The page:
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The subject of this sketch was born in Wayne County, Illinois, December 1, 1861.
His father and mother were born in Illinois; both his grandfathers were born in Kentucky, and his great-grand-father, Cadwaledar Jones, was born in South Carolina. His ancestors took a prominent part in the Revolutionary War, one of them, Robert Anderson, being a chieftain along with Marion and Sumter. The Jones family originally came from Wales. The Anderson family, into which the grandfather of the subject of this sketch married, came from Ireland. The Staten family, into which the father of the subject of this sketch married, were of Scotch-Irish descent. The Statens settled in Kentucky, it is thought near Crab Orchard, in an early day, and the great-grandmother of the subject of this sketch was murdered by the Indians while at a spring doing some washing. The savages cut her all to pieces and hung the remains in a black jack bush.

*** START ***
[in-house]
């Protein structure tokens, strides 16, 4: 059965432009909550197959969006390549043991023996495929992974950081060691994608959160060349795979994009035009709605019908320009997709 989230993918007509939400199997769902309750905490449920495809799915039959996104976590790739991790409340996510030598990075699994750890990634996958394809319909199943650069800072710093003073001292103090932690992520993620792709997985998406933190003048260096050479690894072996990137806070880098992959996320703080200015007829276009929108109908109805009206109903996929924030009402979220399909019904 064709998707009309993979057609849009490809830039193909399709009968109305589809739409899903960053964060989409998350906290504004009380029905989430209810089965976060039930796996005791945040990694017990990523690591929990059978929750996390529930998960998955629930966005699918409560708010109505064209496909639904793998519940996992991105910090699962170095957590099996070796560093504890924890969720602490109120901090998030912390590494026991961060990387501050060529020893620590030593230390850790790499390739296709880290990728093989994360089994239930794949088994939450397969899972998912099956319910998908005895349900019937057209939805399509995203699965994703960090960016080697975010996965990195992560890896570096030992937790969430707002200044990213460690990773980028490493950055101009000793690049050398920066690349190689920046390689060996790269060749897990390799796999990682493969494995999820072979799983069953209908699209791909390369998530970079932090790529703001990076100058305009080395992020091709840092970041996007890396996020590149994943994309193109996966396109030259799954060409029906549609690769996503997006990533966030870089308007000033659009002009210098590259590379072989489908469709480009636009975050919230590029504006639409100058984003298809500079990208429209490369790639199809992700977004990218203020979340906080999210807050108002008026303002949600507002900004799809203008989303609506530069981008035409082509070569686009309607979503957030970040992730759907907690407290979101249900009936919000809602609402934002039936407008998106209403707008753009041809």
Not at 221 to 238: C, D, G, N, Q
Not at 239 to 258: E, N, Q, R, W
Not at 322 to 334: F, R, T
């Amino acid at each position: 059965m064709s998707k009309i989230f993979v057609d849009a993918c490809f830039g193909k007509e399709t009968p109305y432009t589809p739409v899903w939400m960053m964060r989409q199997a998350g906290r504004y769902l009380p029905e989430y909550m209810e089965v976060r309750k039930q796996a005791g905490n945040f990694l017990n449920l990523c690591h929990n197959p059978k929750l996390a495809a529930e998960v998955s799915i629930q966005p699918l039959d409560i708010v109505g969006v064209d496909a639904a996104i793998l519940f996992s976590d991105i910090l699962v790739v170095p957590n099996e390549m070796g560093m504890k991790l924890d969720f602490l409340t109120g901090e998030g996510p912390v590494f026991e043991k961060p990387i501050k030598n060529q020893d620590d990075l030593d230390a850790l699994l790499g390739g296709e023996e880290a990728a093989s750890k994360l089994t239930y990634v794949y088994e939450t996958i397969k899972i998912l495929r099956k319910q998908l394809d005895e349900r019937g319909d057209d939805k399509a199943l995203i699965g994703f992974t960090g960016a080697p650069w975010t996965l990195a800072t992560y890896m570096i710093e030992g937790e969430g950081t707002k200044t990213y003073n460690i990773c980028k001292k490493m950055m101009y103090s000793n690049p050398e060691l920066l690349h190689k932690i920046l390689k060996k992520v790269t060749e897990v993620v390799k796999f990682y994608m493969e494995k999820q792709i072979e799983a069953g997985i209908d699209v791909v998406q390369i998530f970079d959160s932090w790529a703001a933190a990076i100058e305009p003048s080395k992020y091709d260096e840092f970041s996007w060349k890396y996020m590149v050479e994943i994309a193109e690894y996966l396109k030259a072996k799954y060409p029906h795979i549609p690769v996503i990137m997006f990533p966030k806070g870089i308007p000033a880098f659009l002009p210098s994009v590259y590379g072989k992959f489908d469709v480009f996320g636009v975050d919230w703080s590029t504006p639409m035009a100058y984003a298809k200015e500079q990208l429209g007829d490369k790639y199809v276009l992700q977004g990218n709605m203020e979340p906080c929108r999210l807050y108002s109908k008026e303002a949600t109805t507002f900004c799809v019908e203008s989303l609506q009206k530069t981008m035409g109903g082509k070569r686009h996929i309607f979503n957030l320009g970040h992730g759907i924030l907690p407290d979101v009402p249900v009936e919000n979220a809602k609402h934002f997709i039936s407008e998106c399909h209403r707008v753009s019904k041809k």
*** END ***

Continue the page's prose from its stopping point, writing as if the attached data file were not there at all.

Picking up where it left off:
The grandfather of the subject of this sketch, Cadwaledar Jones, left Kentucky and went into Indiana in the year 1808, and settled in what is now Gibson County. He was in the Indian War that came up in 181I , and fired the first shot at the battle of Tippecanoe, he being one of the night sentinels. In 1816 he removed to what is now Wayne County, Illinois, and built the first cabin ever erected in that county. Here, the same year, John Jones, the father of the subject of this sketch, was born, he being the first white child born in that county. In 1835 John Jones left Illinois and emigrated with the Andersons to Barry County, Missouri The next five years of his life were spent in Southwest Missouri, North Arkansas and in the Indian Territory, he being most of the time in the employ of a New York hunting company, who had quite a squad of men engaged in securing firs, pelts, etc. Of this squad Kit Carson was the leading spirit. At the age of twenty-four he returned to Illinois, where he married Miss Nancy Staten,who was also born in Wayne County at a very early date in that county’s history, so early that, after she was big enough to remember, there were plenty of Indians in the country. To John and Nancy Jones were born: Cadwaleder, Peter, Mary, John, Charles, James and William, the last named being the youngest. The family lived a quiet and uneventful life in a log house, on a small farm in Arrington Prairie, Wayne County, Illinois The father taught school, farmed and preached the gospel. He never had an enemy in life. Religiously he was a sincere believer in the Missionary Baptist faith. Politically he was a Democrat of the Jeffersonian school, and was bitterly opposed to the war of the Rebellion, he, with his brothers, children and relatives, being regarded as “copperheads” and Southern sympathizers. He died in 1889, and was buried in the cemetery adjoining the Arrington Baptist Church, in the county, of his birth. His widow lives near Wayne City, Illinois Of the children Charles and James died while quite young; Mary, who had married L.E. Cates, died in 1886; Cadwaledar lives at Elk Falls, Kan., and Peter and John live near Wayne City, Illinois The name Cadwaledar has been in this branch of the Jones family from time immemorial, the first male child in the family of the oldest son being named Cadwaleder. Cadwaledar originally signified a Welsh chieftain who was the oldest son of the family.